Items of interest on display are a copy of the Federation Herald of the Syrian and Lebanese American Federation of the Eastern States, April 25, 1949 edition with the headline "New Haven club rehearses for Arabic-English musical comedy May 22". The photograph of this theater troupe and their exquisite costumes is amazing. Also on display is a copy of Sittee Saltany A'laat: a Compilation of Arabic Proverbs Grandmother Told Me by Margaret Salamey, 1982 and Prairie Peddlers: the Syrian-Lebanese in North Dakota by William Sherman, Paul Whitney, and John Guerrero, 2002.

Jewish Cookbook recipes for Passover

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By Kate Dietrick, Assistant Archivist, Nathan and Theresa Berman Upper Midwest Jewish Archives

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Next week begins the Jewish holiday of Passover, or Pesach, the commemoration of the emancipation of the Israelites from slavery in ancient Egypt over 3,300 years ago. It is said that when the Israelites were freed they left in such a rush that they could not wait for bread dough to rise, or leaven. So in commemoration, during Passover no leavened bread is eaten. Chametz, five types of grain (wheat, barley, spelt, rye, and oats) are forbidden; thus matzah, flat unleavened bread, is eaten during the eight-day holiday. But what might you make with matzo?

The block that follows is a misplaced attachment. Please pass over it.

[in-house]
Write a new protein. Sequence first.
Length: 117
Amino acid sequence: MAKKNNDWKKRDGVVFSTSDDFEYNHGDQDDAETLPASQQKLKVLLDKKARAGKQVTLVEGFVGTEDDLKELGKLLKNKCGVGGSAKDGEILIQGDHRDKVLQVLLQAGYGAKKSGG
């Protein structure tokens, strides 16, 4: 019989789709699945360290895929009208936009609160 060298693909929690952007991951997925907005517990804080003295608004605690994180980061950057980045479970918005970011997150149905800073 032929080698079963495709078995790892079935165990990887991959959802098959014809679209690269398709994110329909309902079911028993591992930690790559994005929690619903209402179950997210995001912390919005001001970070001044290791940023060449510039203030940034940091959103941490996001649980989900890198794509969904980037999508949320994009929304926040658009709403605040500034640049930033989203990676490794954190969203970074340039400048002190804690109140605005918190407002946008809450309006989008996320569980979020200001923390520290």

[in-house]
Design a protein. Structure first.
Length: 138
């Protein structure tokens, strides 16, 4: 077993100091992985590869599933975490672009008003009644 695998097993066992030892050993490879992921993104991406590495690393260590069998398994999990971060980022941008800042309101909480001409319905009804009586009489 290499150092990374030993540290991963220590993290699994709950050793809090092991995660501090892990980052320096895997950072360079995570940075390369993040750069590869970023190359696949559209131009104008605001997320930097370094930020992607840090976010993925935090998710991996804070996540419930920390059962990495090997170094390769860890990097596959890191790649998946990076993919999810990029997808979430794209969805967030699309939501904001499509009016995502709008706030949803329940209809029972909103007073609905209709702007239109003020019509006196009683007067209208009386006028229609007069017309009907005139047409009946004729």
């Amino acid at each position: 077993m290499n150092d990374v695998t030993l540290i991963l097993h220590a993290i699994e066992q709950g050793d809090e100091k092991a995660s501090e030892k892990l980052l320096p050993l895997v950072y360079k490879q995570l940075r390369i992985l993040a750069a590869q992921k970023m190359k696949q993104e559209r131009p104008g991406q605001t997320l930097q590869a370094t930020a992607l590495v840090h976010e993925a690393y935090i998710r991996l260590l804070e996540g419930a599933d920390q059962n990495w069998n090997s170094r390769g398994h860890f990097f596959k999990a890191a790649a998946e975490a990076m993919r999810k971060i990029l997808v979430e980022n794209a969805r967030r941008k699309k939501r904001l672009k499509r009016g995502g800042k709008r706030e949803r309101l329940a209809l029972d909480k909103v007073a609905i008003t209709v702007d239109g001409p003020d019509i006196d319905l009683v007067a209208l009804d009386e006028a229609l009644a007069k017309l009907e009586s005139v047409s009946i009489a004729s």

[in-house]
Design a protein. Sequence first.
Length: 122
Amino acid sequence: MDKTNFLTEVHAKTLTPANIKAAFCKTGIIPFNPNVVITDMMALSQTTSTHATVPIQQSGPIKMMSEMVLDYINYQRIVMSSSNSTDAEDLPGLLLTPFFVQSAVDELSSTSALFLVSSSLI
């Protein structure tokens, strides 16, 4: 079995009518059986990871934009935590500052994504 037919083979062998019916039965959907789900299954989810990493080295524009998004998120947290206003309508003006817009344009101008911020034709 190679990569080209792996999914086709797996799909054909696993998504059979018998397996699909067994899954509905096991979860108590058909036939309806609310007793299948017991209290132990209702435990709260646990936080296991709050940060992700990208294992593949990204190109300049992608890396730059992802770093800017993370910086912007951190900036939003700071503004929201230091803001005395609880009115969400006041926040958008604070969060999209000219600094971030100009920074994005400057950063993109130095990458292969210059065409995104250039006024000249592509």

One of the unique collections that the Jewish Historical Society amassed before donating their materials to the University of Minnesota is a collection of Jewish cookbooks. These cookbooks, mostly from local women's groups, are filled with great recipes, including ones particular to Jewish holidays.